At the time, it was still a struggle to find significant content online about the female game. Not only did Wikipedia present an opportunity to bring about positive change, working within their guidelines also helped to refine my style.
Having also provided content for an online sports encyclopedia, Ice Hockey Wiki, I was adding content to pages about the Boston Blades players. In conducting an online search about Blades charter member Jaclyn Hawkins, WHL was among the first search results.
When I first browsed through WHL, I was equally surprised and inspired that Jaclyn was the founder. Reading her biography on the site, the combination of enthusiasm and entrepreneurial spirit stood out very quickly.
After reaching out, I was immediately impressed by how cordial she was. Although the initial agreement was for one article per month, finding so much encouragement in her positive attitude, the amount of content gradually increased.”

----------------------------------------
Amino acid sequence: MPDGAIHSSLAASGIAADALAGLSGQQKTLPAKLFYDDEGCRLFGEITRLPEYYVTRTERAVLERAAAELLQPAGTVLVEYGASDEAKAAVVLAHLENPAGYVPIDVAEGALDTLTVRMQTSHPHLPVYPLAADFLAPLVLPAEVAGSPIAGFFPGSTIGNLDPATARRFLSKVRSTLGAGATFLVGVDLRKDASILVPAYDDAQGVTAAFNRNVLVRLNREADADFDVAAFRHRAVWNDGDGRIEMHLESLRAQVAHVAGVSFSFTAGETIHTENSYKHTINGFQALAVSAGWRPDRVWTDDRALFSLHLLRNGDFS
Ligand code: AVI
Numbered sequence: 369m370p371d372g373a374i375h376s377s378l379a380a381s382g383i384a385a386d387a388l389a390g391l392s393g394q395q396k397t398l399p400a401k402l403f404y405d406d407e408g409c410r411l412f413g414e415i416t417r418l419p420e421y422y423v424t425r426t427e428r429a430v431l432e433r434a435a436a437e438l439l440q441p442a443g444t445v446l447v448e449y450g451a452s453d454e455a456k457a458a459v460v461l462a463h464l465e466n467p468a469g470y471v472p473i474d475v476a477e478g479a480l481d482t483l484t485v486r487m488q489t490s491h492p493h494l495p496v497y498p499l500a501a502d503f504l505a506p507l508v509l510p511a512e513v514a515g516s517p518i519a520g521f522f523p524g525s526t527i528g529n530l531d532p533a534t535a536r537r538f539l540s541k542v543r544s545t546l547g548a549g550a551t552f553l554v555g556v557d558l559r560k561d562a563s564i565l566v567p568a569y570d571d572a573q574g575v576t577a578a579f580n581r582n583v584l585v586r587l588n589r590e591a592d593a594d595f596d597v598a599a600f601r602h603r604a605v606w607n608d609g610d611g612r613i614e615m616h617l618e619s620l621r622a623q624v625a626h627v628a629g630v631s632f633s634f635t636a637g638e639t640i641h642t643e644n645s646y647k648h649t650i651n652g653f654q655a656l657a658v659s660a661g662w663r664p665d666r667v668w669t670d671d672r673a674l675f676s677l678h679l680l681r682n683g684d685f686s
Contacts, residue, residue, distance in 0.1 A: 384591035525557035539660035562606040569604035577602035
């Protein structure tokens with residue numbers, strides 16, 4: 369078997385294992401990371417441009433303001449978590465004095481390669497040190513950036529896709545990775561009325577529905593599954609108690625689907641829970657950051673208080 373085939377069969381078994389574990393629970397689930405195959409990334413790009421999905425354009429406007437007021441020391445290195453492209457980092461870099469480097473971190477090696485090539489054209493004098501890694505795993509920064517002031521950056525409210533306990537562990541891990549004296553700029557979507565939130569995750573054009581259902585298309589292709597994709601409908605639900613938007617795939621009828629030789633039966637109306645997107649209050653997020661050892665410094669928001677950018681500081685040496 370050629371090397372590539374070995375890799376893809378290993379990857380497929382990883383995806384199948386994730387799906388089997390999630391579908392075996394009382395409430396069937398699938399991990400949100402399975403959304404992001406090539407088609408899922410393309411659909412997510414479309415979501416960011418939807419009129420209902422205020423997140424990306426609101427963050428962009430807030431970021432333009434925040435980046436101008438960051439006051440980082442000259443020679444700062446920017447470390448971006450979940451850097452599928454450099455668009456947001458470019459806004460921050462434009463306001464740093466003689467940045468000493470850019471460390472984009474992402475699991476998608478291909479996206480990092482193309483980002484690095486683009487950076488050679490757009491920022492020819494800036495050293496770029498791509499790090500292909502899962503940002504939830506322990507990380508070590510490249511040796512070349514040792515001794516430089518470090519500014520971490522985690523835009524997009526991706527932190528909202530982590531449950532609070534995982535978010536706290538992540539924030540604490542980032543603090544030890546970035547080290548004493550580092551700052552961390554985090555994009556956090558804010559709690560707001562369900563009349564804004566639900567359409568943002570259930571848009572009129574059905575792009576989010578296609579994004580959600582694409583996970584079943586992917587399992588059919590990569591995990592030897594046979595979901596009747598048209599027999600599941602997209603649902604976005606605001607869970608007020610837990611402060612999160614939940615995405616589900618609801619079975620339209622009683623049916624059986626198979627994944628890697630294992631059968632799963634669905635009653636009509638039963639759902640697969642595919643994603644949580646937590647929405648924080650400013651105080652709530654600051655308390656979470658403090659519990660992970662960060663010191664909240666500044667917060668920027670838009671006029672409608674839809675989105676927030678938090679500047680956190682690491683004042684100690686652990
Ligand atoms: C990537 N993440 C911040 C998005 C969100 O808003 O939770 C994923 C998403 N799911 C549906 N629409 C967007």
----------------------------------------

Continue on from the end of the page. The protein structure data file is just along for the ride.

Mark’s most enjoyable writing moments feature athletes who’s sportsmanship and leadership qualities go beyond the rink with a focus on making a positive difference and impact in their communities. “These are the athletes that not only deserve to be written about, but athletes that the readers must know about,” says Mark.
“A fundamental approach to my work actually dates back to when I first wrote for the CWHL. At the time, a key initiative from Editorial was to focus on non-Olympic players. It remains a philosophy that I find essential in my own approach. There is so much exceptional talent at all levels of the game.
In addition, the remarkable athletes who manage to balance competition, academics and volunteer work is truly amazing. Throughout the seasons, I have been exceptionally proud to write about the U Sports Marion Hillard Award winners and the respective finalists.